• U.S. airport projects: None
  • Current airport holdings: Investments in Birmingham, Bristol, Brussels, Copenhagen and London City airports
  • Other things to note: In 2016, Ontario Teachers’ Pension Plan purchased London City Airport through a consortium including OMERS, which is separately pursuing St. Louis Lambert International

Global Infrastructure Partners

  • Who they are: Private equity and investment firm based in New York
  • What they do: Manage $68 billion in infrastructure investments globally 
  • U.S. airport projects: In October, it invested in Paine Field Airport, north of Seattle in Washington
  • Current airport holdings: The firm holds a minority stake in London Gatwick Airport in the U.K. (it previously held majority stake between 2009 and May 2019) and owns and manages Edinburgh Airport in Scotland
  • Other associations: It holds stakes in numerous companies within high-speed rail transport, shipping, port and energy sectors
  • Other things to note: Earlier this year, Scottish news reports indicated GIP is considering selling Edinburgh Airport. In 2016, it sold London City Airport to a consortium including the Ontario Teachers' Pension Plan and OMERS, which are both separately pursuing St. Louis Lambert International Airport

GRID Realty

  • Who they are: A real estate firm based in Olivette, Missouri
  • What they do: GRID develops and sells property in the St. Louis region
  • U.S. airport projects: None
  • Current airport holdings: None
  • Other things to note: The company has participated in land sales for Anheuser-Busch, and has worked with the Missouri Development Finance Board, Express Scripts and Charter Communications. GRID principal Mike Goellner told the St. Louis Business Journal that he’s not interested in operating Lambert. Rather, he wants to develop the unused 1,200 acres that surround the airport. 

IFM Investors and MAG Overseas Investments Limited, on behalf of Manchester Airports Group

  • Who they are: Australian private equity firm that’s partnered with British airport investors
  • What they do: Manage $41 billion of direct infrastructure equity investments mainly in Australia and New Zealand (IFM Investors), operate airports and invest in airport-associated property (Manchester Airports Group)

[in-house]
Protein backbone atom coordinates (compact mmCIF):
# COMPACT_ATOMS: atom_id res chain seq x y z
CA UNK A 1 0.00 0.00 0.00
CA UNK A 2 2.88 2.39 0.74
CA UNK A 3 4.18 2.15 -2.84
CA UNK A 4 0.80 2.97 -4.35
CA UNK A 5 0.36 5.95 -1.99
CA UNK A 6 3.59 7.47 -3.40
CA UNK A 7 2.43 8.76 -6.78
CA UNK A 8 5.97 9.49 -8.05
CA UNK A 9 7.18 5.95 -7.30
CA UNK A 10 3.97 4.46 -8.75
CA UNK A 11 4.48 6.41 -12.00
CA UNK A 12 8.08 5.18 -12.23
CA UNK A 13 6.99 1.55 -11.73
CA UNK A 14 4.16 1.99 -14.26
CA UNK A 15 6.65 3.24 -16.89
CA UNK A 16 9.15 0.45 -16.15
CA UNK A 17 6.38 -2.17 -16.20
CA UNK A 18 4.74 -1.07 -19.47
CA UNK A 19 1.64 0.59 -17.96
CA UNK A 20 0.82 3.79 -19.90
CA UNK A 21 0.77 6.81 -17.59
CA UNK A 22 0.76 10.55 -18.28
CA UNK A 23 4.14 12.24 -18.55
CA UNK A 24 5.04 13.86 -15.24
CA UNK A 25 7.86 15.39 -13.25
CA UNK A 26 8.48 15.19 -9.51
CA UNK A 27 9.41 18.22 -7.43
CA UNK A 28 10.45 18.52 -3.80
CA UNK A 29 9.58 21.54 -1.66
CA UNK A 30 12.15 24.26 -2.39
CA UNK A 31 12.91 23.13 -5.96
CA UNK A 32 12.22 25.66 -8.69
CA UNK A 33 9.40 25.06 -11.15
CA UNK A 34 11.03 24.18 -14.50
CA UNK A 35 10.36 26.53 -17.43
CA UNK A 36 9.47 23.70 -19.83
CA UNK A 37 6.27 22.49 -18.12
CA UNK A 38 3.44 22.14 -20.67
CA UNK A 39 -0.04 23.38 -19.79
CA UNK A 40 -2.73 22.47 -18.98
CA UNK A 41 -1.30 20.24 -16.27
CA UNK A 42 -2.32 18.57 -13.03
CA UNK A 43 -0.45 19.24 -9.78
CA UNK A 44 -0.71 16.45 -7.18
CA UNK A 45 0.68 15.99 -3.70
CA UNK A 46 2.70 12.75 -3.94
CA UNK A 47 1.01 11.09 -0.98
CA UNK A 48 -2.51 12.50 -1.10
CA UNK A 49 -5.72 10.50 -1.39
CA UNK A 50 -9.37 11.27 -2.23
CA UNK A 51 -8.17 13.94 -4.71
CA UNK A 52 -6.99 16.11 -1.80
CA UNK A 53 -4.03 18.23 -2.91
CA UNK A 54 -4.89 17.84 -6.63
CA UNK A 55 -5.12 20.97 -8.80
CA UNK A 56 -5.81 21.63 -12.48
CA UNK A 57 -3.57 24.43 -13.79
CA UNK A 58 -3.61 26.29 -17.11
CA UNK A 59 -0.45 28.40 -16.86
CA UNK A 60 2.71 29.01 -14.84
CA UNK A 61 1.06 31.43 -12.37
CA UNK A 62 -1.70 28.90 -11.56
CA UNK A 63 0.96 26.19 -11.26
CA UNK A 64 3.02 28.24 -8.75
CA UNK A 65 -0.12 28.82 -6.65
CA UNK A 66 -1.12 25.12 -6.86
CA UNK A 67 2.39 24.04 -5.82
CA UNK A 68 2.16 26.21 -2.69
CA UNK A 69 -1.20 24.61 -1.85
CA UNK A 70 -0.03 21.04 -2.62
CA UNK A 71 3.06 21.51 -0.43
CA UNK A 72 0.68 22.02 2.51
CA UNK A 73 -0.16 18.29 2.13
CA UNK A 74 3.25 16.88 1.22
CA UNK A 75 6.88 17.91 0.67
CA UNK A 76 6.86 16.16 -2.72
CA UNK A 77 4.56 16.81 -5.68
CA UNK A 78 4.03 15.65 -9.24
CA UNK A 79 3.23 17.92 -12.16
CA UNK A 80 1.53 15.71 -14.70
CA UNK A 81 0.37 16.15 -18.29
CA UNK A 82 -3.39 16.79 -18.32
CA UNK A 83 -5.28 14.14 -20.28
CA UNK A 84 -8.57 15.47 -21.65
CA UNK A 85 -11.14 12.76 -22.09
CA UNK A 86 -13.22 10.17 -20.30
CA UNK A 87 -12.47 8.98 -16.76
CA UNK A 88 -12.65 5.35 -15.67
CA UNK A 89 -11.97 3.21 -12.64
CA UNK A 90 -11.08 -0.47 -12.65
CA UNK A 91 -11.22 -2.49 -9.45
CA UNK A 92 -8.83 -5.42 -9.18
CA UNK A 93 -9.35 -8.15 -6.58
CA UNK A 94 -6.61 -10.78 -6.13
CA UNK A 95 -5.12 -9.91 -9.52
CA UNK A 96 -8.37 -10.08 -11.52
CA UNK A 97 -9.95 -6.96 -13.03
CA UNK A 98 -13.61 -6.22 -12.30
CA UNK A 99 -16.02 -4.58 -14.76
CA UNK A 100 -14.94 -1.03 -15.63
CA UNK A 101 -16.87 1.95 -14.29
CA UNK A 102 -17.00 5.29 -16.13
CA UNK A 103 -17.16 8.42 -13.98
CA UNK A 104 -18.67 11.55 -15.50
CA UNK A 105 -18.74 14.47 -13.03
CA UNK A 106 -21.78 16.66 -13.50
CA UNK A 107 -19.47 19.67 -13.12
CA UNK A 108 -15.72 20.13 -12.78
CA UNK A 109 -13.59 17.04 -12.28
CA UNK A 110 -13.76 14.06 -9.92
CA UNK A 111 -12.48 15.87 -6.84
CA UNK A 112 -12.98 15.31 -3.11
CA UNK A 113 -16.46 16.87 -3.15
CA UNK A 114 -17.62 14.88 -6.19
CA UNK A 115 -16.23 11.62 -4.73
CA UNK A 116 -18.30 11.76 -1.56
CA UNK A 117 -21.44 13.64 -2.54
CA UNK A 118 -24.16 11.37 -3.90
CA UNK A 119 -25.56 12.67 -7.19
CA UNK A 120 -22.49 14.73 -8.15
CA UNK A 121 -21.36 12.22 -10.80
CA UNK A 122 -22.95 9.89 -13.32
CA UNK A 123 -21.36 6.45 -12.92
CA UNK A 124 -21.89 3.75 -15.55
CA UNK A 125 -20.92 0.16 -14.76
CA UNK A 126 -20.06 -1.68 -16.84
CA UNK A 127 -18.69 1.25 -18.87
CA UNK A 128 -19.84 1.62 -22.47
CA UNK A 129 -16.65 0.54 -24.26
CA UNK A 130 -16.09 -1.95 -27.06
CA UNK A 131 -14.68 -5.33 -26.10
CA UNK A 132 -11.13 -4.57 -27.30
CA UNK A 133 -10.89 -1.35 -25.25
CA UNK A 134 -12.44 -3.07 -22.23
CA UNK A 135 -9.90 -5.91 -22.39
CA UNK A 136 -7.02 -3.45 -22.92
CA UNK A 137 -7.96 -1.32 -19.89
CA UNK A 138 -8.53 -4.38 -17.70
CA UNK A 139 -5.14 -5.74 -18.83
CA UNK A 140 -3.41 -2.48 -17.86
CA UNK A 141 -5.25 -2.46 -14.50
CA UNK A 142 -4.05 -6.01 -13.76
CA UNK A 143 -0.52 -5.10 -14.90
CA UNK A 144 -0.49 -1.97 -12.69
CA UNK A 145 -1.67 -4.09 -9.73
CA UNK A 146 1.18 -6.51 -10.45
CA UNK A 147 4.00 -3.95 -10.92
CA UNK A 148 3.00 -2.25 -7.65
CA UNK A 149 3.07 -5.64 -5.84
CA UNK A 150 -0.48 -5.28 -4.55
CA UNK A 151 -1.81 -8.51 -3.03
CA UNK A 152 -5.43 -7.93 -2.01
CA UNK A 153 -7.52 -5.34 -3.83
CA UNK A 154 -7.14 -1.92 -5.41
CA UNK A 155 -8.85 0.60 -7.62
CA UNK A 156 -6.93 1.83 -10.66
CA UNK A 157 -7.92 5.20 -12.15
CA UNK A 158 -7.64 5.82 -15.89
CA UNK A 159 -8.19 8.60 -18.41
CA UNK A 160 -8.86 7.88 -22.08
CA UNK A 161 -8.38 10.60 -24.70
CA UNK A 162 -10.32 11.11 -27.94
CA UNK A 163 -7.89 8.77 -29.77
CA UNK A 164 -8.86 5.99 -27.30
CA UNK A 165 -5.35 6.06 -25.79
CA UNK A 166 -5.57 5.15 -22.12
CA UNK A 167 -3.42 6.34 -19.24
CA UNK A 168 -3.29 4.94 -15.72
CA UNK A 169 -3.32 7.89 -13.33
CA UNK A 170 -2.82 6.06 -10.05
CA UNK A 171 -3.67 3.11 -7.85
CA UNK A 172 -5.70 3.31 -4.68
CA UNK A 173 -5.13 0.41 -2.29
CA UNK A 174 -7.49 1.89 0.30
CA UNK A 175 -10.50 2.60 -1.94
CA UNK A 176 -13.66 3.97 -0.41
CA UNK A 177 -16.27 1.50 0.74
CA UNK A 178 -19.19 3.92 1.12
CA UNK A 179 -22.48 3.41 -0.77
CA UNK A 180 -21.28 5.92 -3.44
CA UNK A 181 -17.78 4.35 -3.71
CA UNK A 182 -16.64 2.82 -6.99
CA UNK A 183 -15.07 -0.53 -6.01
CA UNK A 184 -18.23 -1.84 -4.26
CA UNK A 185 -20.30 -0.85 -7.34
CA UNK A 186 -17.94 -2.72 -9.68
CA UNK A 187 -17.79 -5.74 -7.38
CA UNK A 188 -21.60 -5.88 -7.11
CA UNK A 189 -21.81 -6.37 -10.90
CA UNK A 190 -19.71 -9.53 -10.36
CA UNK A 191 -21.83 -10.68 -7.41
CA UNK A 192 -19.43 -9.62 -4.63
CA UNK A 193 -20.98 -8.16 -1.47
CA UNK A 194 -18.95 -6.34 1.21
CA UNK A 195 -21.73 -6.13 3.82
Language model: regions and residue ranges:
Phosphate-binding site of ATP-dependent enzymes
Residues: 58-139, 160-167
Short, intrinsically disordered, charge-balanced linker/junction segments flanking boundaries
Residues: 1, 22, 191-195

• U.S. aiport projects: None
  • Current airport holdings: Operates three U.K. airports (MAG), holds a minority stake in three Australian airports, as well as Vienna Airport in Austria (IFM)
  • Other things to note: IFM invests in road, utility and shipping projects across the U.S. The company also invests in U.K. airports operated by MAG.

Lambert Gateway Partners

  • Who they are: A newly formed St. Louis-based consortium
  • What they do: Manage over $14 billion in investor capital in infrastructure projects (Blackstone Infrastructure Partners); airport design and management (Groupe ADP); food and beverage servicing (The Bridgeman Hospitality Group, Cleveland Avenue); retirement program investing (the Public School and Education Employee Retirement Systems of Missouri)
  • U.S. airport projects: Recently awarded a number of strategic planning contracts for JFK International Airport, LaGuardia and Denver International Airport (Groupe ADP through member Merchant Aviation)
  • Current airport holdings: Manages three airports in Paris and 25 globally (Groupe ADP)
  • Other things to note: The Hall of Fame Group is also included in this consortium, but it’s unclear what services it provides

Momentum Aviation Partners

  • Who they are: An international consortium 
  • What they do: Manage $11 billion in infrastructure investments globally (Partners Group); operates airports (ASUR); and constructs large-scale projects in health care, transportation and sports (AECOM Hunt) 
  • U.S. airport projects: None
  • Current airport holdings: Responsible for managing nearly a dozen airports in Mexico (ASUR) as well as San Juan, Puerto Rico airport 
  • Other associations: AECOM Hunt has being involved in the construction of 13 NHL and 14 NBA arenas, as well as 14 NFL and 18 MLB stadiums. Partners Group has registered lobbyists from Lewis Rice law office, including David Sweeney and Sonnette Magnus.

H.R.L. Morrison & Co.

  • Who they are: A global asset manager based in New Zealand
  • What they do: Invest in utilities and infrastructure funds, manage over $3 billion in privately held airports
  • U.S. aiport projects:  None
  • Current airport holdings: A majority stake in Wellington International Airport in New Zealand and investments in seven airports in Australia. It also invests in airport companies in Europe and Asia
  • Other things to note: The company has made investments in renewable energy projects in the U.S. It has publicly opposed the addition of new airport regulations during a 2019 study on Australia’s regulatory laws.

Odinsa

  • Who they are: An infrastructure subsidiary of Grupo Argos, based in Colombia
  • What they do: Operate airports and manages concessions (Odinsa); design and maintain highways in South and Central America (Argos)
  • U.S. airport projects: None
  • Current airport holdings: A majority stake in El Dorado Bogota International Airport; a minority stake in El Quito International Airport; and concession operations at two airports in South America